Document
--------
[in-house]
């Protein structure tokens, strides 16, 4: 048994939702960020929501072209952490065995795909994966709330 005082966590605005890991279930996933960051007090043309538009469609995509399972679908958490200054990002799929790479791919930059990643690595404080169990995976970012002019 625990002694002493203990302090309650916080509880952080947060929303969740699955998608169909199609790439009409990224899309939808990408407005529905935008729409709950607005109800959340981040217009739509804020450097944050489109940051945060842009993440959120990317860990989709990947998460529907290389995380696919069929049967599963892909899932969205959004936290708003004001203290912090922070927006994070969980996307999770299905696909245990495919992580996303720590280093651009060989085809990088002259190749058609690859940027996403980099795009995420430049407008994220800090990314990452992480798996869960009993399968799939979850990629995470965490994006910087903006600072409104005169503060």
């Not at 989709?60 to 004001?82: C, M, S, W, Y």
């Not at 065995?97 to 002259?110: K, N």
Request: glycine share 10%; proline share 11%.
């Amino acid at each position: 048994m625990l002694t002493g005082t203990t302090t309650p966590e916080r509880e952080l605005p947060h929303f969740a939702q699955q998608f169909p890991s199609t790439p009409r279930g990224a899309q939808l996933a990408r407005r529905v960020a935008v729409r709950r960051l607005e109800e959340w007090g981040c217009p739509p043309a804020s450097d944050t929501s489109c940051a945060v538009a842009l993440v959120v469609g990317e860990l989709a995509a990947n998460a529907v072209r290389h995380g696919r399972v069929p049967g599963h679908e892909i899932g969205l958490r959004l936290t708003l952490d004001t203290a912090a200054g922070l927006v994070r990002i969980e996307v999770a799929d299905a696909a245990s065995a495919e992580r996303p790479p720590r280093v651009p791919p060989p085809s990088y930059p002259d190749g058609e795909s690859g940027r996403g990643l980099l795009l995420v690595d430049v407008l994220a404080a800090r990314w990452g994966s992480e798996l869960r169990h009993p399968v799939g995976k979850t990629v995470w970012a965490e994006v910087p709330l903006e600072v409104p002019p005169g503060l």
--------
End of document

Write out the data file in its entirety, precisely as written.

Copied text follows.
[in-house]
């Protein structure tokens, strides 16, 4: 048994939702960020929501072209952490065995795909994966709330 005082966590605005890991279930996933960051007090043309538009469609995509399972679908958490200054990002799929790479791919930059990643690595404080169990995976970012002019 625990002694002493203990302090309650916080509880952080947060929303969740699955998608169909199609790439009409990224899309939808990408407005529905935008729409709950607005109800959340981040217009739509804020450097944050489109940051945060842009993440959120990317860990989709990947998460529907290389995380696919069929049967599963892909899932969205959004936290708003004001203290912090922070927006994070969980996307999770299905696909245990495919992580996303720590280093651009060989085809990088002259190749058609690859940027996403980099795009995420430049407008994220800090990314990452992480798996869960009993399968799939979850990629995470965490994006910087903006600072409104005169503060």
């Not at 989709?60 to 004001?82: C, M, S, W, Y």
């Not at 065995?97 to 002259?110: K, N």
Request: glycine share 10%; proline share 11%.
């Amino acid at each position: 048994m625990l002694t002493g005082t203990t302090t309650p966590e916080r509880e952080l605005p947060h929303f969740a939702q699955q998608f169909p890991s199609t790439p009409r279930g990224a899309q939808l996933a990408r407005r529905v960020a935008v729409r709950r960051l607005e109800e959340w007090g981040c217009p739509p043309a804020s450097d944050t929501s489109c940051a945060v538009a842009l993440v959120v469609g990317e860990l989709a995509a990947n998460a529907v072209r290389h995380g696919r399972v069929p049967g599963h679908e892909i899932g969205l958490r959004l936290t708003l952490d004001t203290a912090a200054g922070l927006v994070r990002i969980e996307v999770a799929d299905a696909a245990s065995a495919e992580r996303p790479p720590r280093v651009p791919p060989p085809s990088y930059p002259d190749g058609e795909s690859g940027r996403g990643l980099l795009l995420v690595d430049v407008l994220a404080a800090r990314w990452g994966s992480e798996l869960r169990h009993p399968v799939g995976k979850t990629v995470w970012a965490e994006v910087p709330l903006e600072v409104p002019p005169g503060l």